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In this current era of global economic uncertainty—defined by rising interest rates, geopolitical conflict, and working capital challenges—financial institutions that do not adapt put themselves at risk of falling behind. For the banking sector, payment efficiency is paramount, with healthy trade activity, appropriate use of working capital and the diversification of supply chains all crucial. As financial institutions prioritise each of those areas, they will funnel their focus into innovations in the payments sphere.

The three most exciting payments and global-banking related trends over the year ahead: the impact of ISO 20022, the digitisation of cross-border payments and the adoption of artificial intelligence. 

ISO 20022

Taking center stage in the global economic arena is ISO 20022, the open global standard for financial information, prepared by ISO Technical Committee TC68 Financial Services. Previously, the financial services industry used vastly different information formats, many of which were unstructured. 

ISO 20022 has significant impacts on the financial industry by improving data quality, efficiency, interoperability, and overall innovation. As more organisations adopt this standard, its benefits are expected to grow exponentially, shaping the future of financial messaging and transactions. This will become the new standard in global banking and will have a wide swath of impacts from improving risk management, compliance monitoring, and enhancing decision-making processes. 

The use of rich and structured data will continue to lead to the automation of the processes that surround cross-border payments and increase the level of reporting to banks and their customers, providing valuable insights to their business.  

Speaking a common language across all payment systems globally will hopefully lead to interoperability between local payment rails and further increase capabilities to pay beneficiaries locally with less friction and fees.  

Domestic payment rails within Europe, Canada, Australia, New Zealand, and many other countries have already adopted ISO 20022 standards. The US Fedwire system is one of the last to convert and is currently scheduled for March 2025.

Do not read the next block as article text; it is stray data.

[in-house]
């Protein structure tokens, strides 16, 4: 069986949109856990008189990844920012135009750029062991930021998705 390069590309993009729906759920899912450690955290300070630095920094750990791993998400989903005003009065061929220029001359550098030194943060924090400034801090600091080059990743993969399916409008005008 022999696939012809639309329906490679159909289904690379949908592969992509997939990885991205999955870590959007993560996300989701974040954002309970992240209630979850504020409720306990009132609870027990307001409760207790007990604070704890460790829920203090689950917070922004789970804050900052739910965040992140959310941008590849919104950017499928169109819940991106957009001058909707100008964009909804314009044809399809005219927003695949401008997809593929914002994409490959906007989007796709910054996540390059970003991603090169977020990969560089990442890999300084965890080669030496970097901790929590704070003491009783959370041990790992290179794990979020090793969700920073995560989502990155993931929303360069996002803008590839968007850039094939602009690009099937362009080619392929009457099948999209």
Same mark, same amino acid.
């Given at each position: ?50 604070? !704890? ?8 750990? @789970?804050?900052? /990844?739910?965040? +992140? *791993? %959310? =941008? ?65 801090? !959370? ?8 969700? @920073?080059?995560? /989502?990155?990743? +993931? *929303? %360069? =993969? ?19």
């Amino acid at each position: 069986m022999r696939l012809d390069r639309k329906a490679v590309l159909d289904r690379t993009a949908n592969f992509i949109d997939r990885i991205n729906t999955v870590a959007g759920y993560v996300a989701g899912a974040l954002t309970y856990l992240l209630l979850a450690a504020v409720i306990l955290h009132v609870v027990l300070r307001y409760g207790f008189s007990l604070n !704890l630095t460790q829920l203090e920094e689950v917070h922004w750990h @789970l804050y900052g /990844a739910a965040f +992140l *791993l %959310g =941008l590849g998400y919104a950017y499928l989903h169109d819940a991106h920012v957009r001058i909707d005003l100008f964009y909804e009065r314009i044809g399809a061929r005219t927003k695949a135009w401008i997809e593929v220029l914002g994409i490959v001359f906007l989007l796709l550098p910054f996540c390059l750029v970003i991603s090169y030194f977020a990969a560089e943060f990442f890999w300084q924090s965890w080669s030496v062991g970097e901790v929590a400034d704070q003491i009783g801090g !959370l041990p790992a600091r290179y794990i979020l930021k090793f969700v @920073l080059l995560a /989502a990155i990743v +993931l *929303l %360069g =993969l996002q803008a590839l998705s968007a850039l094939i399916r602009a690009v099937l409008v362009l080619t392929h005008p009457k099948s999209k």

Regional and local banks may not be as prepared as they need to be so it’s imperative they are ready on time and on deadline. These new capabilities will enable the cross-border payments industry to implement and maintain a messaging standard across both Swift and market infrastructures in a more synchronous and seamless process. 

Once ISO is adopted, the global payments landscape and cross-border ecosystem will be enhanced, helping pave the way for new financial technologies to help meet evolving market demands and customer needs.

Digitisation of Cross-Border Payments

Cross-border payments are a highly competitive space, and the digitisation of these payments has only increased the level of competition. At FNBO, we find that what our customers value most is efficiency, visibility and transparency.  

Customers should no longer endure uncertainty regarding the real-time status of their payment or potential fee deductions, nor should they encounter delays of multiple days before funds are available to the beneficiary.

According to the 2023 McKinsey Global Payments Report, cross-border payment flows reached about $150 trillion in 2022, a 13% increase in a single year. This growth is predicted to continue at rapid rates over the next five years. I would venture to say that, by 2030—and perhaps even significantly sooner—the cross-border payments landscape will look totally different from the landscape of today.

It will also be increasingly important for companies to understand rails that are available—whether that be from innovation stemming from Swift, new fintech offerings, or even governments finding ways to move money faster and without friction.  

There are consistently new providers tapping into existing rails, such as credit cards, or even creating their own closed network to compete with the traditional ways of moving money in hopes of bringing speed, reduced fees, and reduced fraud when making cross-border payments. With continued innovation, it is not far-fetched to initiate a traditional domestic payment that could credit a foreign beneficiary using their local payment system.  

AI Adoption

Finally, a great challenge—and even greater opportunity—will be learning and figuring out how new AI platforms can be implemented to help build efficiencies and operations. As of today, the larger institutions have implemented AI in processes such as document checking of letters of credit. In the years to come, AI adoption will massively expand across institutions small and large as well as services simple and complex.

According to a survey from The Economist Intelligence Unit, 77% of bankers believe that the ability to unlock the value of AI will be the difference between the success or failure of banks. Financial institutions must embrace this new technology and adapt to the ever-changing landscape. 

Meanwhile, the issue of fraud is particularly double-sided: while AI can help catch and stop fraud, it can also perpetuate it. The institutions that focus on this issue of fraud and determine the best practices and procedures to effectively identify and prevent fraud with accuracy and precision will position themselves for success in the AI-dominated landscape to come. 

The payments industry is ever-evolving, and financial institutions that are able to stay ahead and become early adopters are the ones that will see long term success and stability as we enter the new era of global banking and payments.